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    "Women like that get passes": Meghan McCain says she faces cruelty unlike "people like AOC"

    By Gabriella Ferrigine,


    Meghan McCain sat down with former Democratic presidential candidate Tulsi Gabbard for the latest episode of her "Citizen McCain" podcast to discuss each of their respective public images as well as Gabbard's little-known struggles with fertility.

    Gabbard, a longtime U.S. Army Reserve officer and former representative for Hawaii's second congressional district from 2013 to 2021, made waves in October of 2022 when she announced her departure from the Democratic Party. McCain, a self-proclaimed anti-MAGA conservative and the daughter of late Sen. John McCain, R-Ariz., introduced Gabbard as "one of my closest friends."

    The pair began the chat by claiming that their friendship, tinged with periods of political and ideological disagreement, has remained solid across many years as a result of some of their disparate perspectives.

    "Our friendship is an example of what’s possible and what should be the norm in American politics — where we can have disagreements, some minor, some strong, on different policies or whatever," Gabbard argued. "And we can have those conversations with each other, and still love and care for each other in a very deep and meaningful way.”

    “I don’t want to be friends with someone I agree with all the time," McCain said, before telling Gabbard that her "perspective on the world has illuminated so many things for me.”

    The former co-host of "The View" then began to segue into a conversation about the alleged "stereotypes" she and Gabbard have been respectively branded with over the past several years; McCain stated that she has been dubbed a "warmonger," while Gabbard has been called a "Russian asset," a nickname that derives from former presidential candidate and first lady Hillary Clinton in 2019 claiming that the Kremlin was "grooming" Gabbard to be a third-party candidate.

    “The thing I didn’t realize when I was younger is this s**t comes at a cost. If you want to be in this ring and do the kind of things that we do, you’re going to lose friends and people are going to be really cruel to you in a way that they are not to people like AOC," McCain said, referring to Rep. Alexandria Ocasio-Cortez, D-N.Y. "Women like that get passes, and women like you and I are going to be raked over the coals forever.”

    McCain then delved into the crux of the episode's subject matter — Gabbard's struggles with starting a family. Gabbard articulated her decision to enlist in the U.S. military following the terrorist attacks on the World Trade Center on September 11, 2001. "It changed everything for so many people," she said. "It certainly changed everything for me. I hadn't ever thought about joining the military before that. It hadn't ever crossed my mind."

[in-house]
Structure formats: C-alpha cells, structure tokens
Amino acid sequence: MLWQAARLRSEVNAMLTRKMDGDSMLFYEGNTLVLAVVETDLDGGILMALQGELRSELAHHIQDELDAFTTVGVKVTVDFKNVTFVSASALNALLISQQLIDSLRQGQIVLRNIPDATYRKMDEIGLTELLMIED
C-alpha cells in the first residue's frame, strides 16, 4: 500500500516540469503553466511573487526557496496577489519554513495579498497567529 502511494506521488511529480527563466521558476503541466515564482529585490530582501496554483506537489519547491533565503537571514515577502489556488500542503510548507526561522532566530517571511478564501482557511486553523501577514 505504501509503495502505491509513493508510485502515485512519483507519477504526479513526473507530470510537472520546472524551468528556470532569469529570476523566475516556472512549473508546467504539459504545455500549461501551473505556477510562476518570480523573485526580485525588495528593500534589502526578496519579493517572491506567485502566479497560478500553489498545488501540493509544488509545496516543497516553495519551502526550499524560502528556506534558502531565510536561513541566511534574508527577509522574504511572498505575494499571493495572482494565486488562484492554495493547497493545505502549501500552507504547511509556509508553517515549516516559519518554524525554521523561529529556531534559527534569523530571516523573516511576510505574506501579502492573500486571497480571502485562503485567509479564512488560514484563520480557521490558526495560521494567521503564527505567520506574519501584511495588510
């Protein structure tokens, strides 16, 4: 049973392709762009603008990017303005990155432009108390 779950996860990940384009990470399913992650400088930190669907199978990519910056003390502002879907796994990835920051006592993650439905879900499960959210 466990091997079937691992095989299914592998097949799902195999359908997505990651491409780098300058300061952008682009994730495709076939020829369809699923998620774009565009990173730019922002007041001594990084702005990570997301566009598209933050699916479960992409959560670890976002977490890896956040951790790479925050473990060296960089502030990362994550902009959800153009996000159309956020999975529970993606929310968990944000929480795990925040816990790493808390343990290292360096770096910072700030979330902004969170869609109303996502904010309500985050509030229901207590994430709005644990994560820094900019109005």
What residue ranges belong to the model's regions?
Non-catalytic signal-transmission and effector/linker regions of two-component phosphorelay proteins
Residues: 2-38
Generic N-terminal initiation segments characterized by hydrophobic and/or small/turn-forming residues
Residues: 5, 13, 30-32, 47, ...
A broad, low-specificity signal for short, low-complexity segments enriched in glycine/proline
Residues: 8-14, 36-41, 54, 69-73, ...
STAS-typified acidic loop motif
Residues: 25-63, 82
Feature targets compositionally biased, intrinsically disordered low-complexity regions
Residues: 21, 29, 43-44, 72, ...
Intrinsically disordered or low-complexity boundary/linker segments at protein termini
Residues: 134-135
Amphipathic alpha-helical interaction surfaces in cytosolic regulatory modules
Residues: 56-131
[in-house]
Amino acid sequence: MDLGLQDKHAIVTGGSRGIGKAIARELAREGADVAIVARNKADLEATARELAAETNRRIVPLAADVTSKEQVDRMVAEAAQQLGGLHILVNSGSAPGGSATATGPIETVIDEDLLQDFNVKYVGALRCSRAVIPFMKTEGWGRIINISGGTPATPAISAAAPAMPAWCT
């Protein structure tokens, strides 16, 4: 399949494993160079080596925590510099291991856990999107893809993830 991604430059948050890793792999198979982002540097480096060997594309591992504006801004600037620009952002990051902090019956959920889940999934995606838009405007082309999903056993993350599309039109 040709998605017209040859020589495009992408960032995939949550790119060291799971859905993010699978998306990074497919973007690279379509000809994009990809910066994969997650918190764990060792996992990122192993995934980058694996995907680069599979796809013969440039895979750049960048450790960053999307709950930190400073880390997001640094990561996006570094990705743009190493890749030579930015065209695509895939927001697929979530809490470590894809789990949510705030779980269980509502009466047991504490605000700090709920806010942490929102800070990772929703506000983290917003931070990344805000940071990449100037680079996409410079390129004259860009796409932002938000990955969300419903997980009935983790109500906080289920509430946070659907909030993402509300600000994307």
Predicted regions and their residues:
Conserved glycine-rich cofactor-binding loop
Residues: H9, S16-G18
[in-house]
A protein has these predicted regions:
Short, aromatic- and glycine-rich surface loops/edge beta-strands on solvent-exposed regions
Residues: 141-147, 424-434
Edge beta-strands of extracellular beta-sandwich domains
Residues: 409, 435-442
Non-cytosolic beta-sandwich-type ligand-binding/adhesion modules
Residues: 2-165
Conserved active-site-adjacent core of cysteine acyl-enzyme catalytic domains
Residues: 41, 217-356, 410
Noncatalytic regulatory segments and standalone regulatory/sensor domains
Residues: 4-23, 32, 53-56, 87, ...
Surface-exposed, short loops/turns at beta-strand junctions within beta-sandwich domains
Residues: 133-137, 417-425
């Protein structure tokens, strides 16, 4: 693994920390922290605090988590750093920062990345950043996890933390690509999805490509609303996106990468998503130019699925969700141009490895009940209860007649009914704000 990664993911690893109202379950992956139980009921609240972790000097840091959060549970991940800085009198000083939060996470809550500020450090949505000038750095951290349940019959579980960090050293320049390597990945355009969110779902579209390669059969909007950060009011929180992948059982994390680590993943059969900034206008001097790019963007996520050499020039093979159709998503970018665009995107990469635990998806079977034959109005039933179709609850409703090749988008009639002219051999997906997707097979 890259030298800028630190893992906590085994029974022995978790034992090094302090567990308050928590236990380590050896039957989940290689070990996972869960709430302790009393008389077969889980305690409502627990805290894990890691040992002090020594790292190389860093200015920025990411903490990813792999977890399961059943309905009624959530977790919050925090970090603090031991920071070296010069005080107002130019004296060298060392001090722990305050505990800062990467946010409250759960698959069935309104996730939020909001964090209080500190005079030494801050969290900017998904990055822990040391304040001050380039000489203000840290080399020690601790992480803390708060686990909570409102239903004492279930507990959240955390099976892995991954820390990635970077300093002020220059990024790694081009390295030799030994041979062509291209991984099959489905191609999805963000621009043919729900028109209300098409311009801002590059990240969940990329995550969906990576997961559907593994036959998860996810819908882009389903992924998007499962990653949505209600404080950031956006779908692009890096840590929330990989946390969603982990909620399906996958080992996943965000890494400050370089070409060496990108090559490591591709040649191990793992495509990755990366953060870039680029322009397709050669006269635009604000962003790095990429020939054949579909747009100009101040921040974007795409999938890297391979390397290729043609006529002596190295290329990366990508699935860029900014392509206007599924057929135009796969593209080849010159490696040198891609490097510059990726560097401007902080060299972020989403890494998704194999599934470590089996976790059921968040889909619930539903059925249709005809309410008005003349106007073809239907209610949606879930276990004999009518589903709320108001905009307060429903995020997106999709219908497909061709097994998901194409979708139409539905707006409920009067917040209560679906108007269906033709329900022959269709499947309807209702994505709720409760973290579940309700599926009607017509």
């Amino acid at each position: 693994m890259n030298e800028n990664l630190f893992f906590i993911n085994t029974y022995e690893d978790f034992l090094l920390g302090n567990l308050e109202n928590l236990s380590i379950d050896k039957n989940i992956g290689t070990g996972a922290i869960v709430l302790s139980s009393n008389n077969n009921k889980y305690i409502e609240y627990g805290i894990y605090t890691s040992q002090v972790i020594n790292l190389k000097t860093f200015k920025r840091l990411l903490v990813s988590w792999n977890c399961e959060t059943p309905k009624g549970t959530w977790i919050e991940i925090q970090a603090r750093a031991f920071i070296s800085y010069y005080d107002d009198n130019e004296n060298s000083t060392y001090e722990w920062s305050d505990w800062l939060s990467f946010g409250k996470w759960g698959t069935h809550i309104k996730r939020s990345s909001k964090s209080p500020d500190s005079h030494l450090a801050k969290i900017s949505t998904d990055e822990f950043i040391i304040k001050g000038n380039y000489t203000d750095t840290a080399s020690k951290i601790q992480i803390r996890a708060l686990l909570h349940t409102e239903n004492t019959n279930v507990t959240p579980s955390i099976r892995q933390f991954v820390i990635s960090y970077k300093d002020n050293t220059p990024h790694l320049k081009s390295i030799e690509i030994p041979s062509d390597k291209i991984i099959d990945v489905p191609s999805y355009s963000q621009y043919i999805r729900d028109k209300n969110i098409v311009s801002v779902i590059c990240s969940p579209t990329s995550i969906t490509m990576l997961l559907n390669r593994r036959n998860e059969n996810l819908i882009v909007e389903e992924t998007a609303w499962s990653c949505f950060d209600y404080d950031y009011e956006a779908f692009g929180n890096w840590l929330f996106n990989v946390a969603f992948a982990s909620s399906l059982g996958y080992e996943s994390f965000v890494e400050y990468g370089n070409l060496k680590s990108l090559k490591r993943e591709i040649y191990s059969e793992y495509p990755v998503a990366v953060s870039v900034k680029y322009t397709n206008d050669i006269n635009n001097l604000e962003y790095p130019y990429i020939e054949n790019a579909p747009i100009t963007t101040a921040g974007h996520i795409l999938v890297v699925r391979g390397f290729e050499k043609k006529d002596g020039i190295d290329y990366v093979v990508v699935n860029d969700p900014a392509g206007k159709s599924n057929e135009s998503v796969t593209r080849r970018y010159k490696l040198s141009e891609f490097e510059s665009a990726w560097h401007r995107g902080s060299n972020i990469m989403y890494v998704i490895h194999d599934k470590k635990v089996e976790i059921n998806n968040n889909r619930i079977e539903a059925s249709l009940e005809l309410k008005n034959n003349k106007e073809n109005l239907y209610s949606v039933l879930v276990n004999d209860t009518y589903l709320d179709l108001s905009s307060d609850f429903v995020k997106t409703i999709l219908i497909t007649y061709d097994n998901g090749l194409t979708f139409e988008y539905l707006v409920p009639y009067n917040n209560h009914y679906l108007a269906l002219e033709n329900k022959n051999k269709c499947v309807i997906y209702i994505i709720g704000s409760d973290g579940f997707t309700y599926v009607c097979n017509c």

Gabbard's stint in the service would ultimately place an inordinate amount of strain on her first marriage, however, as she spent 18 months away from home with 12 of those months in Iraq; in 2006, she divorced her first husband, Eduardo Tamayo.

    McCain then contextualized the depth of her friendship with Gabbard even further, observing how the former Democratic representative and her current husband — Abraham Williams, whom she married in 2015 — are the godparents to her first daughter. McCain also acknowledged that she had suffered two miscarriages, a fact that she and Gabbard had been able to bond over.

    Gabbard, who was in her "mid to late 30s" at the time she married her second husband, spoke about the complicated medical rhetoric around trying to conceive a child past a certain age. “The doctor says, ‘well if you get pregnant it’s a geriatric pregnancy’ — how is that word allowed to be used?" she asked. "In the same breath, they tell you, ‘Don’t stress out, just relax.’”

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    Between the logistical issues of traveling back and forth from Hawaii to Washington, D.C., and the challenges presented by natural conception, Gabbard and Williams elected to move forward with in vitro fertilization (IVF) in D.C, a "rollercoaster" process which she called a “very difficult experience, no matter what happens," citing the litany of administered injections and hormonal supplements that are required.

    “I don’t understand why it works for some people and not for others," McCain said to Gabbard, as the pair became emotional while discussing the latter's diagnosis of unexplained infertility.

    “A lot of women go through this but feel a sense of shame about it when there really shouldn’t be, and so I’m glad that we’re having this conversation," Gabbard said. “There aren’t always explanations. For me, the doctor was like, ‘Well, you are one of the women who has a diagnosis of unexplained infertility.’ Which is hard to hear because at least if something is diagnosed you think, ‘Maybe I think I can do something about this.’ But the whole unexplained infertility thing was difficult.”

    Instead, Gabbard said, the whole ordeal was simply "heartbreak over and over again.”

    Once Gabbard decided to enter the 2020 presidential campaign — a process that began for her as early as 2018 — she was forced to put her dreams of motherhood on pause yet again. “Our hopes to start our own family — we have to put those aside because of how we feel so strongly about the sense of duty that we have to serve our country and to try to make that positive impact," she said. “It comes at a cost.”

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